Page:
Since the first migrations of the population of the Kiribati and Tuvalu islands (for the majority) and their settlement in the new territories for refugees from Fiji and Papua New Guinea, the different NGOs working for the rights of these refugees are working on the perpetuation of their traditions.
In the continuum of this fight, today's date may be a milestone for these associations who were finally able to attend the signing of the regional agreement to lay the foundation stone of the future Funeral home in virtual reality of the Pacific.
Established on the basis of a now-usual platform for reconstructing ancestral historic sites, this funerarium will carefully restore the cemeteries now buried in the blue of the Pacific and will be a place of prayer and meditation for these populations who no longer have access to sites where rest their ancestors.
This event is a real relief for the refugee populations who had had the opportunity to protest many times about their situation and the glaring lack of social and traditional references since their departure.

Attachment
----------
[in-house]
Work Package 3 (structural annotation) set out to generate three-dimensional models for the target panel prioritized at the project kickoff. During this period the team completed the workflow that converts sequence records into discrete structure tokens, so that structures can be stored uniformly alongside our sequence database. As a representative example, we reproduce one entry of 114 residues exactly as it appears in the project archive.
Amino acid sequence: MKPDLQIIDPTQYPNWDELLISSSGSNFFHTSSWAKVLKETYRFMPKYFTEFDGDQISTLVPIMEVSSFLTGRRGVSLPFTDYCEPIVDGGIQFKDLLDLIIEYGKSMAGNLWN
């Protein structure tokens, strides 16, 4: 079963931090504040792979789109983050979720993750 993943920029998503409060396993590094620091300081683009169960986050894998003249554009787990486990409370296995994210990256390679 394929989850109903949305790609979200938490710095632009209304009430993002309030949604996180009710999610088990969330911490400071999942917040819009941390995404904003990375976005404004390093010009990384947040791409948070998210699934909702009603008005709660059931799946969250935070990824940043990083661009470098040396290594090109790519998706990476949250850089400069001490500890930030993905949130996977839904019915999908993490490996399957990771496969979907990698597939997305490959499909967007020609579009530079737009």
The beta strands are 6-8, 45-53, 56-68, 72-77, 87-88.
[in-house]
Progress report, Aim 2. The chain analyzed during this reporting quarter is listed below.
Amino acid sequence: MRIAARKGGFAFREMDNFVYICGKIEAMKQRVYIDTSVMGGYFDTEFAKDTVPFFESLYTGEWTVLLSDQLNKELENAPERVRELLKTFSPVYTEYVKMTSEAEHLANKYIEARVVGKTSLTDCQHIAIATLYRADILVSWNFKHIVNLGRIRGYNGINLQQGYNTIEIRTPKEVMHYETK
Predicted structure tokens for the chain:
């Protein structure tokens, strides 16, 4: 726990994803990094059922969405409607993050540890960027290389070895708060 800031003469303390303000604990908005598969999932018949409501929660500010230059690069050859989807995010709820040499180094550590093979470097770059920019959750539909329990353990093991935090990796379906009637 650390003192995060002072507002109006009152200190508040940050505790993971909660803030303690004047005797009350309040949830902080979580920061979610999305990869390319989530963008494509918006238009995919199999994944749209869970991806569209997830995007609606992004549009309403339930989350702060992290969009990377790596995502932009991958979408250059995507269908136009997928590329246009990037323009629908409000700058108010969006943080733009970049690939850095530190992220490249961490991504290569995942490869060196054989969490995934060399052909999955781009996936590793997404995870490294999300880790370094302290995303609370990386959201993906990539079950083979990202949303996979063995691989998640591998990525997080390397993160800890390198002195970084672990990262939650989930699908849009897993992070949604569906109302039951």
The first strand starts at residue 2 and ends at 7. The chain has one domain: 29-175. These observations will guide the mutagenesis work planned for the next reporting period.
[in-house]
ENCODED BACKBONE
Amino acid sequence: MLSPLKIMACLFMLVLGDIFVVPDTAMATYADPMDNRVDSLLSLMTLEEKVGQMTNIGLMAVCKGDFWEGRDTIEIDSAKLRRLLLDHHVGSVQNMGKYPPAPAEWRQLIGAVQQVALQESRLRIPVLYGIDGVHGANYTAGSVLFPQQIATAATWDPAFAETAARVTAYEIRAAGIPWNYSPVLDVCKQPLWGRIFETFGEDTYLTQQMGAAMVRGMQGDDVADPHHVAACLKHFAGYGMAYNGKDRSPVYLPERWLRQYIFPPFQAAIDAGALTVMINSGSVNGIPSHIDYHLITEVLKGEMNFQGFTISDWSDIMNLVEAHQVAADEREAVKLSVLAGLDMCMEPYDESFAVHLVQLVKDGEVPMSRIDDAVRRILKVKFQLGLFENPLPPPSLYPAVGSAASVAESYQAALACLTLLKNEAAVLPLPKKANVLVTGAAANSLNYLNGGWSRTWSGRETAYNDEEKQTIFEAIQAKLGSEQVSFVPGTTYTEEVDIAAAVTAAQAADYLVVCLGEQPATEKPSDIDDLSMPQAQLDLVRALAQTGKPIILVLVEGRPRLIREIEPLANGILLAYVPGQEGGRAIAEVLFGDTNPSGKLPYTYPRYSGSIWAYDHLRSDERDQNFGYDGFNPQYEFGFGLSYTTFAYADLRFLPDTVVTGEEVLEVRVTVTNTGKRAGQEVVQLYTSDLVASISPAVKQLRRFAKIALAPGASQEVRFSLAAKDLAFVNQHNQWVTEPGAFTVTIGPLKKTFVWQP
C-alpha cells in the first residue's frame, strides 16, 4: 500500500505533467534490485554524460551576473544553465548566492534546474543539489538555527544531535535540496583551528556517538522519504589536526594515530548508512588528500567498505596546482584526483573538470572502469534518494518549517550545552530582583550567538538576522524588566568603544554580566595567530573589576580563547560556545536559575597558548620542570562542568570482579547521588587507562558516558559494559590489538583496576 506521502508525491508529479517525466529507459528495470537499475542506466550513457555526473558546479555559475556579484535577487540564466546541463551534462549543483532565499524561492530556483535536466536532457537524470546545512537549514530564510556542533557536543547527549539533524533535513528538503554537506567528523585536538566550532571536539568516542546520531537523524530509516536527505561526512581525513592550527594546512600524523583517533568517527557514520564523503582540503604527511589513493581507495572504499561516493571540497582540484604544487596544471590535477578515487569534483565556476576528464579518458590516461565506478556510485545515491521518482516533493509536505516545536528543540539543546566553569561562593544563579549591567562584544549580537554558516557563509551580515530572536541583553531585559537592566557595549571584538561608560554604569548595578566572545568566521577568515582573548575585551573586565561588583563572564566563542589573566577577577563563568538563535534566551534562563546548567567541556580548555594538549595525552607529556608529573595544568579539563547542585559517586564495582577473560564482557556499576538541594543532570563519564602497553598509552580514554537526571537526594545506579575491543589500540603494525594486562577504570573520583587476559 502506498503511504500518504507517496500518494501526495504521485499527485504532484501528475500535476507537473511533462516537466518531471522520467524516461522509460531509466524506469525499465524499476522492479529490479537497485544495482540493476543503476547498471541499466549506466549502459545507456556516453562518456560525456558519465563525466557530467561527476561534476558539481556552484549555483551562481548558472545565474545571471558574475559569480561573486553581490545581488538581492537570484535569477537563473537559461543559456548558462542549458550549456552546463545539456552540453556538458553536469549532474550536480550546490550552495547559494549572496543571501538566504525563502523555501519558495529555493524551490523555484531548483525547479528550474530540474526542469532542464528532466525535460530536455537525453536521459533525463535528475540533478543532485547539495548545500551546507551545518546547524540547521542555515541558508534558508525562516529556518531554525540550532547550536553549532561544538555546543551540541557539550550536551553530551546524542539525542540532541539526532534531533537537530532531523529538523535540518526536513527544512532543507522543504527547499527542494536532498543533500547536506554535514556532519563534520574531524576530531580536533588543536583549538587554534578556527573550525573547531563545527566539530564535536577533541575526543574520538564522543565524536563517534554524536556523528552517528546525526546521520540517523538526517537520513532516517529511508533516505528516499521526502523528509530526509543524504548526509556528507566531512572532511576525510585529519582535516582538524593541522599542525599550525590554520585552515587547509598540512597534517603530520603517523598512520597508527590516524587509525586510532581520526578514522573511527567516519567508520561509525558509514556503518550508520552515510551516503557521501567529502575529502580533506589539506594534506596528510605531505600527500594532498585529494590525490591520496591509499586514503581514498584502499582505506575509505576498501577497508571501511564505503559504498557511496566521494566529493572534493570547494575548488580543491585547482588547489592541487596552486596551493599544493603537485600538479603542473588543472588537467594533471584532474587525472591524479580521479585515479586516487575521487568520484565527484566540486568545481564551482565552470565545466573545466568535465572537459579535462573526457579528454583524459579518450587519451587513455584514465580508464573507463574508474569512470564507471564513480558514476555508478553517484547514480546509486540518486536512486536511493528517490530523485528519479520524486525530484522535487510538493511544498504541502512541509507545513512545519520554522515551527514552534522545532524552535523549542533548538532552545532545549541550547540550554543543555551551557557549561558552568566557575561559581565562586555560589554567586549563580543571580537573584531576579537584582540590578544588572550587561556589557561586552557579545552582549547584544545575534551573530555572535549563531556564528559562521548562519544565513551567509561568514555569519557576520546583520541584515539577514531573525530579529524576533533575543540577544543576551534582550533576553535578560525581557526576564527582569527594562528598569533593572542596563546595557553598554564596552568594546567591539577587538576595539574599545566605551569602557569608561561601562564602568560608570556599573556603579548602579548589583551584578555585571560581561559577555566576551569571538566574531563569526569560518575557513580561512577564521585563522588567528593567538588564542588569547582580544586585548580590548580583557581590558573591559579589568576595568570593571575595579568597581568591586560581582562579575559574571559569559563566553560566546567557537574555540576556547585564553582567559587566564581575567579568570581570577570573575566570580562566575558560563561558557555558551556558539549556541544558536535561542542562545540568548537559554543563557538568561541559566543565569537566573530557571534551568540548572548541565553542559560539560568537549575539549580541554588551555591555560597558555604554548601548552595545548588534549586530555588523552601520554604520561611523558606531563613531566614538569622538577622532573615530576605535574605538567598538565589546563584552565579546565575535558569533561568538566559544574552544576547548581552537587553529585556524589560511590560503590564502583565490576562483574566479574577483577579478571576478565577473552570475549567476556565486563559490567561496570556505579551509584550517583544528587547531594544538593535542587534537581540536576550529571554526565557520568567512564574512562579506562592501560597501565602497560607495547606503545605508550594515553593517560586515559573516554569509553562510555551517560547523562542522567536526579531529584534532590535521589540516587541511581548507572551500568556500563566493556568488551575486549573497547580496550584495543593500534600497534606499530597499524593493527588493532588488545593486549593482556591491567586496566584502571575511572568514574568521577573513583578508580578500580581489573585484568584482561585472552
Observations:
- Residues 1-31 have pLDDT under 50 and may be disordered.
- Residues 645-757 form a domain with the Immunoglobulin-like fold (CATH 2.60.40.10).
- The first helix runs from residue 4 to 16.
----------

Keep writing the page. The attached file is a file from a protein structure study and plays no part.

This monument will have the advantage of not occupying too much land in a context where land becomes a highly coveted element in the region.
Of course, many voices are heard about the lack of a real link between the people and their burial places now engulfed. It should be remembered that this option was chosen instead of a more cumbersome and costly technical solution: the transport of the population by boat, every year, to return to the sites of their submerged islands to perform commemorative ceremonies .
While this option is of course open to individual initiatives, it remains difficult given the lack of recognized status of these former lands now immersed, status still under discussion within the United Nations.
In the meantime, each community will have a right of access to this virtual funeral home and the virtual content will be refined in agreement with the communities concerned.